Before it was my turn to take Lost City for a spin, I watched two other users try it at one of two stations in the lobby of Barrette Center for the Arts, where the demo was held during WRIF. The second station had been set up to accommodate walk-ins after most of the 15-minute time slots filled up in advance.
The first player, Ivy Schweitzer of Norwich, has been diving IRL in Bonaire with her husband, Tom Luxon, for more than 10 years. She loved being able to look around in the game without the constraint of heavy diving equipment and audibly "oohed" and "aahed" throughout her trial. "I'm a little dizzy, 'cause I just really got into it," she said when she finished.
Luxon, who'd already done the demo, was equally excited about his dive. "But I would do it with my contact lenses next time," he noted, touching his glasses' frames.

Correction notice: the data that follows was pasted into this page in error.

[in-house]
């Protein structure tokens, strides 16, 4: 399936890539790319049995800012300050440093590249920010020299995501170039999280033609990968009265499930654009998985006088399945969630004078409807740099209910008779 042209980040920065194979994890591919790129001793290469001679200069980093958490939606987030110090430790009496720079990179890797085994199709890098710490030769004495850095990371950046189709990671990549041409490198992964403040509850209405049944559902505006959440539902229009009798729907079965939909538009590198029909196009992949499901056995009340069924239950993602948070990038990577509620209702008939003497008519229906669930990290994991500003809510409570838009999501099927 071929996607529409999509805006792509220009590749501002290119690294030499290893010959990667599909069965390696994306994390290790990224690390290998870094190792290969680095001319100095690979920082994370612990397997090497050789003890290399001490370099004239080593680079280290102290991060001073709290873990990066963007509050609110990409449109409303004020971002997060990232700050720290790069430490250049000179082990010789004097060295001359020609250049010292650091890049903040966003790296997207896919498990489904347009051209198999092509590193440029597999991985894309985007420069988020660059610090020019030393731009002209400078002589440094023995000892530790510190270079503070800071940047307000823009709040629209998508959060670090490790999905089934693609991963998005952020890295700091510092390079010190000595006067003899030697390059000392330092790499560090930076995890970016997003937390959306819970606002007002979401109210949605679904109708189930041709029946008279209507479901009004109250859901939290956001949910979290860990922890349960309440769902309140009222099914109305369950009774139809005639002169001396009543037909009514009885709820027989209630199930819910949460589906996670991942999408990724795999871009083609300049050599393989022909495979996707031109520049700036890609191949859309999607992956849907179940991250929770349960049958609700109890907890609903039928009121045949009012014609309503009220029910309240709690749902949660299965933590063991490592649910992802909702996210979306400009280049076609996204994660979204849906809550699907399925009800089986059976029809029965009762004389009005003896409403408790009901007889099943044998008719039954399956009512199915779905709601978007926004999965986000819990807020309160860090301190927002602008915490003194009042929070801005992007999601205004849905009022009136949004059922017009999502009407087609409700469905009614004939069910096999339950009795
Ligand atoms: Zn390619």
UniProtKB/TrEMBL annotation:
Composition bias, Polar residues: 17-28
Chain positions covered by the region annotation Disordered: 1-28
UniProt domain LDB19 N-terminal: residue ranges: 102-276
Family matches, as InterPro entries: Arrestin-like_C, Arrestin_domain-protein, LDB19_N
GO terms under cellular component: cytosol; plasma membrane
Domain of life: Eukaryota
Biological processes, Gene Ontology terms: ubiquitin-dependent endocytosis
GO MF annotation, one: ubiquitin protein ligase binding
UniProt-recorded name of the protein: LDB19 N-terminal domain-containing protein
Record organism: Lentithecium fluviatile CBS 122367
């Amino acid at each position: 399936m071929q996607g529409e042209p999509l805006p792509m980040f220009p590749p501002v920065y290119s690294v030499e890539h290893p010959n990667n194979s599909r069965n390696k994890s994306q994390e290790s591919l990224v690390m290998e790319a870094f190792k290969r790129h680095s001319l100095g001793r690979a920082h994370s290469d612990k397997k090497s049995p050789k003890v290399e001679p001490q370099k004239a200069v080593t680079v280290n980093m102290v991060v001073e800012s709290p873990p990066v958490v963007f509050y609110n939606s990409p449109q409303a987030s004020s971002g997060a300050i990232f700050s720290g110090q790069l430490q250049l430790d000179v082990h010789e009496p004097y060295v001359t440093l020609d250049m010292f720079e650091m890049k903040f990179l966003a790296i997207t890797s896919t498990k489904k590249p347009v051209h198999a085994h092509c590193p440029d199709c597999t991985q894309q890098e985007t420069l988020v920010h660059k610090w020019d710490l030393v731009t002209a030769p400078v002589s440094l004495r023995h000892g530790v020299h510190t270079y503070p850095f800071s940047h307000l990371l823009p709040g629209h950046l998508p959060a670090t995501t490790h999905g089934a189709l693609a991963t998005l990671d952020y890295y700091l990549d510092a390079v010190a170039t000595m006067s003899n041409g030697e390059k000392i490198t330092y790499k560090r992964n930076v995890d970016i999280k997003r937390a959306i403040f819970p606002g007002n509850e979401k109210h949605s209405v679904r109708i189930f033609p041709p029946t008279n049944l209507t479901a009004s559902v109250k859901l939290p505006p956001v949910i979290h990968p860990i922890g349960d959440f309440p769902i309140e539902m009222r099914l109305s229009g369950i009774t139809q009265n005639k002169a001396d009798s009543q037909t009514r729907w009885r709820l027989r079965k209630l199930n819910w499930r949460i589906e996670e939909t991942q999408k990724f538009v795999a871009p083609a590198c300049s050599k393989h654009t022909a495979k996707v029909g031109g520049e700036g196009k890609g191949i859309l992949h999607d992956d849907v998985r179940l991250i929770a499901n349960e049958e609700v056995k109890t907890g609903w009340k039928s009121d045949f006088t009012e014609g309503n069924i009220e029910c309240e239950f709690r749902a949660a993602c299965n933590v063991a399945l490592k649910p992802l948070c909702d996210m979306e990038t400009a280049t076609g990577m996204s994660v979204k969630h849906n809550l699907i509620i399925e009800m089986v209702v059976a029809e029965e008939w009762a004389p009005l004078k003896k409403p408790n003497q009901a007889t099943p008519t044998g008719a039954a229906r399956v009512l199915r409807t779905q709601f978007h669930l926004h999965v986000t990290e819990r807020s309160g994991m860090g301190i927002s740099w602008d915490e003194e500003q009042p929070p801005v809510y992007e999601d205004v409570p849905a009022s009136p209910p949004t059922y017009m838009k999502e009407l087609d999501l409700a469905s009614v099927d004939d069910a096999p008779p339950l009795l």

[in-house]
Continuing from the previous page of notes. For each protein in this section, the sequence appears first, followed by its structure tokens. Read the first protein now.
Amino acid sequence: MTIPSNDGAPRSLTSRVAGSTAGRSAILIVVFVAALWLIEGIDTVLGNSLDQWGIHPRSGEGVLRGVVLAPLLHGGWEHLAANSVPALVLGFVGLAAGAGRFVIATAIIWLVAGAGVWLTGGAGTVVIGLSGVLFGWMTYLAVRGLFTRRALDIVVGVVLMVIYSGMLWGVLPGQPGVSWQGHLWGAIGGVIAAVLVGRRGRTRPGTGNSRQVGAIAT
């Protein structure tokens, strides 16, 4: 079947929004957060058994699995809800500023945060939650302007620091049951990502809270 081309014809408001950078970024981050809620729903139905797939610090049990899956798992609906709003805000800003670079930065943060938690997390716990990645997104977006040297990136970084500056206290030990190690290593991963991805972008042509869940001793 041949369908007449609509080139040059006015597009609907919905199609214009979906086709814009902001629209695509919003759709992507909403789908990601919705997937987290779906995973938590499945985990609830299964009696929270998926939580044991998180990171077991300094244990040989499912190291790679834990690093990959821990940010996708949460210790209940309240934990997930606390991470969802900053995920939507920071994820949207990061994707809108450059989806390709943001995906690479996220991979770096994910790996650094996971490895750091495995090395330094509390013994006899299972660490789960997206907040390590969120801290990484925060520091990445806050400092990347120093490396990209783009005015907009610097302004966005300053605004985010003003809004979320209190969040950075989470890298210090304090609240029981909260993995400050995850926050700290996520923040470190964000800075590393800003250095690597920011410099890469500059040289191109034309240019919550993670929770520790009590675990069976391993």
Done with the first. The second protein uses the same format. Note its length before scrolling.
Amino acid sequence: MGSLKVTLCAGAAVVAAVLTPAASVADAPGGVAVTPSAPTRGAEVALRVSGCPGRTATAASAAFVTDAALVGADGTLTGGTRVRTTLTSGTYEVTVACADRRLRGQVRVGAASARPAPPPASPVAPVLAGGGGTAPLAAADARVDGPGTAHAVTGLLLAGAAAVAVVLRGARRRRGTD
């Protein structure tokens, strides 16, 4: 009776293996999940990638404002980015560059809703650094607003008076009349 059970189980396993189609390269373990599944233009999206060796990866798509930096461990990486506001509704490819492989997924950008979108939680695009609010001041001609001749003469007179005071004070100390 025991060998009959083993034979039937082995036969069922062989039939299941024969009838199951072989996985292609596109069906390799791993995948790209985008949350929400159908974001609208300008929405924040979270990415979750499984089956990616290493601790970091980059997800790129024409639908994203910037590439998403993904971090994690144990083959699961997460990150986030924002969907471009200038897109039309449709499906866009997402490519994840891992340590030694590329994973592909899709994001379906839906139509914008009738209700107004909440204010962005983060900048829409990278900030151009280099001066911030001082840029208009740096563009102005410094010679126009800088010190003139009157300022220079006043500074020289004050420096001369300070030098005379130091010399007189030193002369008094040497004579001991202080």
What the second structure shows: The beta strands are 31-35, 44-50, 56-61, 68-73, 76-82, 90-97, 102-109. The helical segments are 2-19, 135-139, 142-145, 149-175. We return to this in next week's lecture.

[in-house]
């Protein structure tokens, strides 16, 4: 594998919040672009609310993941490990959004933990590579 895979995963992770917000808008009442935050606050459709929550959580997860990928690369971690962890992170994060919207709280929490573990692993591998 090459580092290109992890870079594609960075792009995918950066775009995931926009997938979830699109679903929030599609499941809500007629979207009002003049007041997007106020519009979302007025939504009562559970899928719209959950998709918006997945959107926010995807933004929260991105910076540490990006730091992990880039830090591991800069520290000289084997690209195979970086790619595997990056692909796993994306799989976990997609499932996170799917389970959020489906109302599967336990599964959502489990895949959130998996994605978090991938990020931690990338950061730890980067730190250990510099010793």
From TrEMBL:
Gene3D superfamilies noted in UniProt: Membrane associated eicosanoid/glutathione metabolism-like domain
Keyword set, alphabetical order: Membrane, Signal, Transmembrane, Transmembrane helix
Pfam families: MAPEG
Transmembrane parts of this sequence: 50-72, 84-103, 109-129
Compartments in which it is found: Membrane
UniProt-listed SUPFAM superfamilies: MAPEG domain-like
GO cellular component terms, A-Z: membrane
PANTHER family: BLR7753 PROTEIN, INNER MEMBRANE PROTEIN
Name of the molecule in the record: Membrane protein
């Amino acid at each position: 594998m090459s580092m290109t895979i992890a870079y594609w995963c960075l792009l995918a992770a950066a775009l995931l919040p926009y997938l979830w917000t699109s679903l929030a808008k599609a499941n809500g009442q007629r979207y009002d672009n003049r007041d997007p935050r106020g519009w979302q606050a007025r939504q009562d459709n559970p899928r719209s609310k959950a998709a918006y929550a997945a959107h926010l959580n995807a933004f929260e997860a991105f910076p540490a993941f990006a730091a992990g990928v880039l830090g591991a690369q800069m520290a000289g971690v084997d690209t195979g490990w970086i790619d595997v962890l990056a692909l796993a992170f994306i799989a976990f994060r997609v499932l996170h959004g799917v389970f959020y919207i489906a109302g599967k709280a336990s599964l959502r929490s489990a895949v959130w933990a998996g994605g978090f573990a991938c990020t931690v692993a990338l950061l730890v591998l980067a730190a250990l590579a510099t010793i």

Heartened by my predecessors' rave reviews, I had Canner fit me with the headset and handheld controllers as she gave me an instructional spiel. Talking slowly and holding the controllers above her head, she looked like a flight attendant explaining emergency protocol. I learned to bring the controllers down to swim up, up to swim down. Pull the trigger to pick something up, and swivel your head to look around. Reach out your hand to give the narwhal a snack.
Though I had watched the others play — through a small monitor that showed what they saw in their goggles, like a movie — no amount of 2D diving could prepare me for the sensation of the real thing. With the VR gear on, I was so transported that I bumped into the wall once or twice as I breaststroked forward.